Incentivizing your team the right way is a win-win that helps employees maximize their personal development and career satisfaction while at the same time stimulating overall practice growth.
By Kristen Jordan
EVEN IF YOUR TEAM loves their jobs, the practice and one another, work is still work. You invest so much to hire rock stars who go above and beyond for patients, but if you don’t have honest, straightforward strategies for keeping them engaged, you risk diminishing their productivity over the long haul. Tedium and burnout can affect anyone, but even more so when extra effort isn’t met with tangible rewards.
Incentivizing your team doesn’t mean throwing money at your practice’s human-resources challenges. Done well, it means structuring overall compensation so the people working hardest earn a bigger piece of the pie in exchange for the business reaping the yield of their labor. After all, incentivized employees can deliver increased output of 20 percent or more compared with those who aren’t. It’s a no-brainer to compensate them when the practice is earning more money in return.
The most effective incentive programs share two common traits. First, the rewards are more than just money, because being creative about incentives makes earning them more fun. Second, incentives must be consistent and predictable, so their distribution is fair and equitable as well as clearly understood.
At the most basic level, an incentive should be a motivator that entices someone to do something. You want to focus the “do something” part on goals that matter most to business growth. Where do you want to be? What should the time frame be to reach a desired goal and make it a cultural habit? Setting concrete and easily understood expectations is key to keeping employees engaged in the process. Likewise, regularly informing them about progress makes everyone a stakeholder. Don’t dictate, but rather encourage your team to actively share their ideas for meeting your goals.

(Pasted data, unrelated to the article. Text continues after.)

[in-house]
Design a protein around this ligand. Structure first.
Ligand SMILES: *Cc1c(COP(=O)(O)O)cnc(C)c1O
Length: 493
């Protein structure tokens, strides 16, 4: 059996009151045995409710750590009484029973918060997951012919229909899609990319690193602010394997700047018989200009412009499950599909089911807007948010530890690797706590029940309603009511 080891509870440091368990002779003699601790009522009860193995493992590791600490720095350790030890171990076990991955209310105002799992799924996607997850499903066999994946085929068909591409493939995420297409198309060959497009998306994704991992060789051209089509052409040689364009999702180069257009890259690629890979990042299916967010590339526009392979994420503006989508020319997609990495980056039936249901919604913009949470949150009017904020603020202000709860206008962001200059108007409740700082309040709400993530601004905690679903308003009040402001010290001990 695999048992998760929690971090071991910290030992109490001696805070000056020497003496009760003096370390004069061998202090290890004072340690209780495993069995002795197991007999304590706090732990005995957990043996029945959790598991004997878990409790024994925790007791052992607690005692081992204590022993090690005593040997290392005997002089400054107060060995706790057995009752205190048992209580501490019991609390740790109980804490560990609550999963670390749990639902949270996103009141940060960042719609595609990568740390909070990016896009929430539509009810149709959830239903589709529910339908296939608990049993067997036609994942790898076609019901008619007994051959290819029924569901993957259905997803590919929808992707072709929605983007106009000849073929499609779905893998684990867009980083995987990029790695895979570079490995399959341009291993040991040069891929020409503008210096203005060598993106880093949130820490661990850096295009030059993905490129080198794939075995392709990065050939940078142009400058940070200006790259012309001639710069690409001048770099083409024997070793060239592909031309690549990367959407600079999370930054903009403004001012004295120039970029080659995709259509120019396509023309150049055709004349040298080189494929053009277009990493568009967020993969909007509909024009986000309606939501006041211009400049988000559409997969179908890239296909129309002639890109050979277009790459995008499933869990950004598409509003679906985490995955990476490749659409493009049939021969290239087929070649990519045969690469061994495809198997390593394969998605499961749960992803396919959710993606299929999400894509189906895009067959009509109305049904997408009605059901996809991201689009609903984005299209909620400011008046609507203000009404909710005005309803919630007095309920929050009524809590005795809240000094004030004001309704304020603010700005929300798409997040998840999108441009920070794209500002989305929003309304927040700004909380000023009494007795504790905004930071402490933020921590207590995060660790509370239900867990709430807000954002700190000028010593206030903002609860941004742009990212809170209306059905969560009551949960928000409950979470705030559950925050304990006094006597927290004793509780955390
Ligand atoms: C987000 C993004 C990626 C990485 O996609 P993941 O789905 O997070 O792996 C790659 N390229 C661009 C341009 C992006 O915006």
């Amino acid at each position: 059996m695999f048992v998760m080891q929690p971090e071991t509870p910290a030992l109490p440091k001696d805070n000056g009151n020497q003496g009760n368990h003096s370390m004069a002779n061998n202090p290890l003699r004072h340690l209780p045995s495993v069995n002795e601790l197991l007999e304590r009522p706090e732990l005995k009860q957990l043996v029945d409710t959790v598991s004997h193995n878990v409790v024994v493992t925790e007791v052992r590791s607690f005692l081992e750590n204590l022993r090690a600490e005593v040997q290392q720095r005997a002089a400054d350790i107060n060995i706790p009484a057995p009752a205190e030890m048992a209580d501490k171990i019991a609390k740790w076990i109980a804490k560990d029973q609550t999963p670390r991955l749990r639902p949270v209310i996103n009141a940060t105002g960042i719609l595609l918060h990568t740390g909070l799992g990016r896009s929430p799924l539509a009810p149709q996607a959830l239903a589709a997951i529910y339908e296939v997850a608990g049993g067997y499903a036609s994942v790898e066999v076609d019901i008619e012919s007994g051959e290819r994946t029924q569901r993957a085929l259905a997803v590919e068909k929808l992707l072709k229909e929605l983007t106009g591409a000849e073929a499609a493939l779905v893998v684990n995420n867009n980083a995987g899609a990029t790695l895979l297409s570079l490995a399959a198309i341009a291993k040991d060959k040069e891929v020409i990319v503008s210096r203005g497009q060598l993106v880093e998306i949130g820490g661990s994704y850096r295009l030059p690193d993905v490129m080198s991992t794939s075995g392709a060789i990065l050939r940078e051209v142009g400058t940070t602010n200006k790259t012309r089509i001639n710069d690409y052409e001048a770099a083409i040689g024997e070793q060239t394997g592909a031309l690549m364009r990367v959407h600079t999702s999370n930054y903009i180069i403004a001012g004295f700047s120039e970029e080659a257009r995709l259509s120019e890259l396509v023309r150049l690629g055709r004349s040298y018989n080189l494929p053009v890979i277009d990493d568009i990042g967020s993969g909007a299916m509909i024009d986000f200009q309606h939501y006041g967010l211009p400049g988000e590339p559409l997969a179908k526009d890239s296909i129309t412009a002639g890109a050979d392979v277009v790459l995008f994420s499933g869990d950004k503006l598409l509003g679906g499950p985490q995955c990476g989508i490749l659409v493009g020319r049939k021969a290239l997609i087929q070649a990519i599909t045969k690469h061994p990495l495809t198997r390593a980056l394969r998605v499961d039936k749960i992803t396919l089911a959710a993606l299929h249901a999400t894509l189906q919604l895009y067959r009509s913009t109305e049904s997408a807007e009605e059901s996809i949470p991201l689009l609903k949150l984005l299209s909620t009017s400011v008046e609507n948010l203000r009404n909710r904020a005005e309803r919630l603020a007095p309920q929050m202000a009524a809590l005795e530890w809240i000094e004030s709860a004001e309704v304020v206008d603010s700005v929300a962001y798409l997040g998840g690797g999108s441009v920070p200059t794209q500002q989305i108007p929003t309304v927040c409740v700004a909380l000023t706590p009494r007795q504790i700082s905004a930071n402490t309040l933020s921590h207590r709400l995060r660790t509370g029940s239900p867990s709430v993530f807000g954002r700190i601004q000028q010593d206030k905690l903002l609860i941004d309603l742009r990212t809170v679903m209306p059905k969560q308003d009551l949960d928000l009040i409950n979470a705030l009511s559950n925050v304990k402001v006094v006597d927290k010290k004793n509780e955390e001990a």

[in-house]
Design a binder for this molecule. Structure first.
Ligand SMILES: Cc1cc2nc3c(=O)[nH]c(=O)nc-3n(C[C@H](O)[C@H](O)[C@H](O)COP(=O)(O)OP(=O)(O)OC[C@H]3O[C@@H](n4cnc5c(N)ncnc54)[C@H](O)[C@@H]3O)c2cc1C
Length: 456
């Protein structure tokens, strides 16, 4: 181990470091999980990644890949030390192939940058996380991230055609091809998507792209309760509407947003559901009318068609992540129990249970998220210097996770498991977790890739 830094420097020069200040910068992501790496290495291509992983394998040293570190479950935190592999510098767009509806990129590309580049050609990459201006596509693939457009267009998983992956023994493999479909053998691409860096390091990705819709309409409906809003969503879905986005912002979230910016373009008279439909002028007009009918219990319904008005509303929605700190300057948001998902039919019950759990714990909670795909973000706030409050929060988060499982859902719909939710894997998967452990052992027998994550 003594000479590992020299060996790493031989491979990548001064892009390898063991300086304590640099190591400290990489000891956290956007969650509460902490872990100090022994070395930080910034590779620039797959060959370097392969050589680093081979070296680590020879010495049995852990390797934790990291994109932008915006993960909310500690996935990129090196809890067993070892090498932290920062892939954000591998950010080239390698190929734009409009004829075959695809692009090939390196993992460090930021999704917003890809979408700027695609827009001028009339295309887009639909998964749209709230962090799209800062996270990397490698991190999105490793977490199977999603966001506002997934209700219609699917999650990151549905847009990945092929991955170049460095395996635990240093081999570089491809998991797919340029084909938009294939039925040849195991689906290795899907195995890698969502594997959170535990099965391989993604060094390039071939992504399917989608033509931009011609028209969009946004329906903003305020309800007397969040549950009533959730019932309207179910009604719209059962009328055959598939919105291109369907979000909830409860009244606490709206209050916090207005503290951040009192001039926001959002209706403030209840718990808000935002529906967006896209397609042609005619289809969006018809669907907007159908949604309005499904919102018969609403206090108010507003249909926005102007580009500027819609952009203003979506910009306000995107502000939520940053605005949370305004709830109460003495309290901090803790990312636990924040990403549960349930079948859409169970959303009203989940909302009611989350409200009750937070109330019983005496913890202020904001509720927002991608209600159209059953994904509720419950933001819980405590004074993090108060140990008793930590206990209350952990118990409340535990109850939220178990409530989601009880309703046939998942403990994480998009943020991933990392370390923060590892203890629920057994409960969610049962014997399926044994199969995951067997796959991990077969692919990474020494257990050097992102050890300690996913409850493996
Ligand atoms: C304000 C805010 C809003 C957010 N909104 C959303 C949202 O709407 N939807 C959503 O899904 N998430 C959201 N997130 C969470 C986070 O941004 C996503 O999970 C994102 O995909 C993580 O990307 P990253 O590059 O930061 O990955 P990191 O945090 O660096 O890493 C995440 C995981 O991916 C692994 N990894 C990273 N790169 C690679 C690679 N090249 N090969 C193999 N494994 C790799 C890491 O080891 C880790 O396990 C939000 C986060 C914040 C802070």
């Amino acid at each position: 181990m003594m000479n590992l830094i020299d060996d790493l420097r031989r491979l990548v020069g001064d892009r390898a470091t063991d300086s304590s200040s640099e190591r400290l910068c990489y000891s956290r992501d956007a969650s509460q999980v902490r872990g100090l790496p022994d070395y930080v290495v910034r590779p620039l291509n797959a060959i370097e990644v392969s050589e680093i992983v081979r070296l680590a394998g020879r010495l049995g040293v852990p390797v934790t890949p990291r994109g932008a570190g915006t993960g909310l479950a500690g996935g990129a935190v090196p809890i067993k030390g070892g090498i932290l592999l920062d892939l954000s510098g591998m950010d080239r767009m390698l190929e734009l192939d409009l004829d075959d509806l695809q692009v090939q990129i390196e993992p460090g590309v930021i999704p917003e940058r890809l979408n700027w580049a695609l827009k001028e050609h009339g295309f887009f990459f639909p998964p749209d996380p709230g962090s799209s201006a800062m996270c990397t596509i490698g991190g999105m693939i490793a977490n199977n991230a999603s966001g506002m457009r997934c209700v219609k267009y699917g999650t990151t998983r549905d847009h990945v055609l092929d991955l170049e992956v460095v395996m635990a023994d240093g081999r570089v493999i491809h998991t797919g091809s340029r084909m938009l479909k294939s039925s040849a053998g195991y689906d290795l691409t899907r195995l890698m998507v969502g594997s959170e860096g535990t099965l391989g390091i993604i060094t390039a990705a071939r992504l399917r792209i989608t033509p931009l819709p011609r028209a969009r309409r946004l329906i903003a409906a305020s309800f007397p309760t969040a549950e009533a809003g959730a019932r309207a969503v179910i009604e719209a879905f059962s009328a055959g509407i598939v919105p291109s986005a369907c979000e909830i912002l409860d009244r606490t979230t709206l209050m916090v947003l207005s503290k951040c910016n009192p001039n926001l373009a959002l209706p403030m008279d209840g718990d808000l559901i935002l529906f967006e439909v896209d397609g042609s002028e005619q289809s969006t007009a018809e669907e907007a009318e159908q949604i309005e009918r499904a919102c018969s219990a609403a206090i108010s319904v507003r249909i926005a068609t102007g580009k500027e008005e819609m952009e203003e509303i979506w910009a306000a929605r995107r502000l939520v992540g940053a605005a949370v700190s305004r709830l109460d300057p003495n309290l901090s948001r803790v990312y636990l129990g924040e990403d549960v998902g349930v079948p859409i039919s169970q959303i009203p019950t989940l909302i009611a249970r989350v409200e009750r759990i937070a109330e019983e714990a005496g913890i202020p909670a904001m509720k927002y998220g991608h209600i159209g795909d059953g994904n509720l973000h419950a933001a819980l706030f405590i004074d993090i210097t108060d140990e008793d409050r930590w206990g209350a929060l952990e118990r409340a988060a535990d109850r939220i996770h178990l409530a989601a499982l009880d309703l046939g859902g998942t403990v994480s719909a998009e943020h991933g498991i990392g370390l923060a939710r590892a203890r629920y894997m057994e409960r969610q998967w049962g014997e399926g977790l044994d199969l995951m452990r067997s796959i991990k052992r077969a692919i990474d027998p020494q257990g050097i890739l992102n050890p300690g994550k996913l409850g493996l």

Measure progress frequently, so those being incentivized are always in the know. This lets you intervene early if they end up needing to pivot from a certain behavior, say. Finally, when the incentive is reached, pay it out quickly. Not doing so can cost you in trust and turnover.
Appreciation and gratitude increase productivity, too. Engaging your team is essential, whether on merits, incentives or enthusiasm. The team’s buy-in to your goal setting is leveraged to motivate their output and feed a thriving culture. Praise and accolades are central to an individual’s positive work experience. The team should know and expect that you openly praise wins by your employees. It encourages others to repeat positive behaviors.
How many of your bosses have taken time to offer you handwritten thank-you notes? What would that have meant to you? Receiving praise alongside financial incentives adds an emotional connection that makes work more than just a job.
Being thoughtful and creative adds another dimension to incentives that makes their worth exceed the monetary value. For example, you might consider offering hard-to-get tickets to a hot concert or sporting event, or maybe a theme-park outing for team members and their families (along with a day off to enjoy it stress-free). People understandably forget the bonus money they used to buy a new water heater or pay a car repair bill, but they’re likely to remember the memories they made thanks to that special prize.
Smaller incentives can have the added benefit of acting as a marketing tool for the practice. Jackets, gym bags, shirts, mugs or anything useful aren’t an expense; they’re an affordable investment in advertising and brand promotion. Your team members will appreciate the gesture and remember what they did to earn it, while everyone they meet sees your brand proudly worn by your most professional team members—those who represent the practice best.
At their most effective, incentives are a two-way street. Team members work hard, overcome obstacles and go above and beyond to earn them. That’s why you need to be strategic, thoughtful and creative in designing a program that engages, motivates and inspires your best employees—and encourages retention.
KRISTEN JORDAN is Benco Dental’s Coaching and Education Manager and a specialist in revenue analysis. She has been an office manager, regional manager and operations executive for several large practices. Contact her at email@example.com.